June 16, 2023
This week’s Torah portion, Sh’lach L’cha, gives us the story of the 12 spies sent by Moses at God’s command to scout out the promised land. Ten of them return with a report based on fear and lack of self-confidence. Though it is a beautiful land flowing with milk and honey, they tell Moses, we can’t possibly enter the land and live there – the inhabitants are far too powerful. They look like giants! Caleb and Joshua tell a different story: That this is a good land – a land that has been promised to us. No matter what it may look like, we need to have faith that the promise will come to be. Caleb and Joshua, who with this faith to see a different possibility from what they see in front of them, merit to enter the land, while the other 10 spies and the entire generation that left Egypt is condemned to wander the desert wilderness for 40 years and die there.
This Torah portion holds deep wisdom about the way that our perspective can be so narrow and constricting that it makes us stuck and stagnant; fear and anxiety born of a narrow perspective – an inability to see another possibility – can make us unable to move forward.
Our tradition teaches us that what we see in front of us and our assumptions about it are not always the full picture of what is true. The Israelites travel in tribes, in community – diversity of perspective is necessary for survival, for moving forward both geographically and spiritually. We need each other.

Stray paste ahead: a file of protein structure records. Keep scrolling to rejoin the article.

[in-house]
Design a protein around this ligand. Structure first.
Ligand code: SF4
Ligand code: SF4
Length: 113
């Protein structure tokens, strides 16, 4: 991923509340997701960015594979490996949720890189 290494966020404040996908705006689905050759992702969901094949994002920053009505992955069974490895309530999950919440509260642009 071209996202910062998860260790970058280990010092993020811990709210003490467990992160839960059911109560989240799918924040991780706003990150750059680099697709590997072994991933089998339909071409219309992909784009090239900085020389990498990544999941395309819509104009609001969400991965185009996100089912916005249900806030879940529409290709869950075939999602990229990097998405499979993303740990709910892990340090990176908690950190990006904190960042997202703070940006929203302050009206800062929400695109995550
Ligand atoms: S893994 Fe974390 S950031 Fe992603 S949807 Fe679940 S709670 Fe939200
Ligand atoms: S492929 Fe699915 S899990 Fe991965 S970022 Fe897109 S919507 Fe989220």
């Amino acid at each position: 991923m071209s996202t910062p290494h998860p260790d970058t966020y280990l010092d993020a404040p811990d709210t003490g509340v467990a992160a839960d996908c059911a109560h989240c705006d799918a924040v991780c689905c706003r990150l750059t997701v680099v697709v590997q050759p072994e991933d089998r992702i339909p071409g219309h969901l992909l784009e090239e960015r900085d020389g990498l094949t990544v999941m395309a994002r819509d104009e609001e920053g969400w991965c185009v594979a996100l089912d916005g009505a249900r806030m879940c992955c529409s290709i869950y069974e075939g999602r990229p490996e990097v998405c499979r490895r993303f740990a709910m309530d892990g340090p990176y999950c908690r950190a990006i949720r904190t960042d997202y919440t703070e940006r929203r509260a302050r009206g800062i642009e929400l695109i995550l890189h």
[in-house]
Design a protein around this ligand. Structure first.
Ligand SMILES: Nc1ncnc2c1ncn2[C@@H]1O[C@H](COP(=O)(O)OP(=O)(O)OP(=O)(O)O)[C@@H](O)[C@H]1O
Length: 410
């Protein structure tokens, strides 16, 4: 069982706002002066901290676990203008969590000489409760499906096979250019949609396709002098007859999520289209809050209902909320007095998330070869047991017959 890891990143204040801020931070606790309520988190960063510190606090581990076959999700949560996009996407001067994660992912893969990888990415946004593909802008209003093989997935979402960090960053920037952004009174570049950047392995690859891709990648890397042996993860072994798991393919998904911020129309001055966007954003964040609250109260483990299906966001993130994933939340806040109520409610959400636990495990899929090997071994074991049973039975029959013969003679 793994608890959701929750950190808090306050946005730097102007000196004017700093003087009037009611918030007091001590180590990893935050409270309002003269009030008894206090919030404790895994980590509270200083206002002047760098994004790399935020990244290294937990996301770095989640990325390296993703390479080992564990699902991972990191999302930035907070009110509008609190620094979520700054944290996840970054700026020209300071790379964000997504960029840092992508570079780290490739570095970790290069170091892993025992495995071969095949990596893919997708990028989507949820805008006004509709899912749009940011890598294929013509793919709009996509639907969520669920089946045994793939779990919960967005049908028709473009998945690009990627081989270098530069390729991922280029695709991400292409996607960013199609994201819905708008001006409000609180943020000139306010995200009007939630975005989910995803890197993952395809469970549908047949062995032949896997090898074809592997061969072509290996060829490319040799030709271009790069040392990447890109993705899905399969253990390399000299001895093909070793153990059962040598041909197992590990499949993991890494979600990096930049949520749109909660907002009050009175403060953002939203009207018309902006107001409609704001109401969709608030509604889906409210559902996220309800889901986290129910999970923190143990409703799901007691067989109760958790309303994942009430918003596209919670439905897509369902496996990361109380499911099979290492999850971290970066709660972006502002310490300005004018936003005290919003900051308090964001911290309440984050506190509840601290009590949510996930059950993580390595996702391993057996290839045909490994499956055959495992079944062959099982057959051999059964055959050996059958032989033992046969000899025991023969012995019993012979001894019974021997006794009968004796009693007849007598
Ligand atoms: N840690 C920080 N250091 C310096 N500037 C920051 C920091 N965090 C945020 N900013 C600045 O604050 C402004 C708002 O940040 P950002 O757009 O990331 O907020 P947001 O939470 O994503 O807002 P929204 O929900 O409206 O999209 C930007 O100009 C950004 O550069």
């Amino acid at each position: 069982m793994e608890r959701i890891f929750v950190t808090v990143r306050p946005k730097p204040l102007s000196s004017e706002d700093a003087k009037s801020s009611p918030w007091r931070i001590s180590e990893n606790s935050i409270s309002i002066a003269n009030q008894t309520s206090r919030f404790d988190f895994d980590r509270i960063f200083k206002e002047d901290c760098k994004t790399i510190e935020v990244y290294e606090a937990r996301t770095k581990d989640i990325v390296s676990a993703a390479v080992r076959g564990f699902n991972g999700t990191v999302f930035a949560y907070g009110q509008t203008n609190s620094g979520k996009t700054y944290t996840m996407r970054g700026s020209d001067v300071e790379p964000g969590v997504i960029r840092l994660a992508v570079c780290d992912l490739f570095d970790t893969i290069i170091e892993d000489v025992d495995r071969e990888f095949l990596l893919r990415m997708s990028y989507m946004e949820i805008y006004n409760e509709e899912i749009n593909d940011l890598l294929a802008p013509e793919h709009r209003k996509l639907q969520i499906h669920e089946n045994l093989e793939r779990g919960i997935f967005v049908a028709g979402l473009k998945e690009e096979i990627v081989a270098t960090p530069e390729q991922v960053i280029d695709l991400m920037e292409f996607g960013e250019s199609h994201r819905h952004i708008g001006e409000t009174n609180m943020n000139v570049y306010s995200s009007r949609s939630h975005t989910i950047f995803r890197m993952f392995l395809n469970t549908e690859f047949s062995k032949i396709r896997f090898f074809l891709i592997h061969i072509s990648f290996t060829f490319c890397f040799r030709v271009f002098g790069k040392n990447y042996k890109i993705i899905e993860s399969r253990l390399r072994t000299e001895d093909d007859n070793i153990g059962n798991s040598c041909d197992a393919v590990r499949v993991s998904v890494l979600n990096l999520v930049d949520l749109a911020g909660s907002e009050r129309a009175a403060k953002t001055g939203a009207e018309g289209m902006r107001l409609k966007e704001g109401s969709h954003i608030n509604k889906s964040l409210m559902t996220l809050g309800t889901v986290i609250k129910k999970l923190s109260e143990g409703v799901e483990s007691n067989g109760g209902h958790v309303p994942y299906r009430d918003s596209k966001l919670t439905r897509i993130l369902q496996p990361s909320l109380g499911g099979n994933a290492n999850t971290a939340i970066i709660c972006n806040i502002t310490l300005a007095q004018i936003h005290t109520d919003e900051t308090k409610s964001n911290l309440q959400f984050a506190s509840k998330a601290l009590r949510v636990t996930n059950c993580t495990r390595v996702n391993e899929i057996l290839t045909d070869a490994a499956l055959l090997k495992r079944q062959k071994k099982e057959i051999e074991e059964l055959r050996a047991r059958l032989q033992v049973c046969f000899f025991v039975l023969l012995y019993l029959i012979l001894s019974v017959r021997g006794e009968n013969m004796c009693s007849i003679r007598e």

The rainbow has been a symbol for the LGBTQ+ community for a long time. Understanding the vastness and diversity of human identity and experience is fundamental to living by one of Judaism’s core values: Every human being is created in the image of God. The divine is within each of us, no less than at a physical level, we are all “made of stardust.” But, because the divine is a Oneness comprised of infinite multiplicity, so too is humanity. Each of us is a reflection of the divine, each in our own way. As the ancient words of the Mishnah teach us (Sanhedrin 4:5) “When a person stamps several coins with one seal, they are all similar to each other. But the Holy One of Blessing, stamped all people with the seal of Adam, the first man, as all of them are his offspring, and not one of them is similar to another.”
Let us reaffirm our commitment to see more expansively – to recognize that our assumptions and judgments can be narrow and constricting and that in each and every human being we encounter there is a divine spark, necessary to illuminate the world.
The Union of Reform Judaism recently published this statement responding to the many attempted and successful legislative attempts to remove the rights of transgender people. Please read it for an understanding of how our movement sees expansively and honors the life, experience, and identity of every precious human soul.
Rabbi Audrey Berkman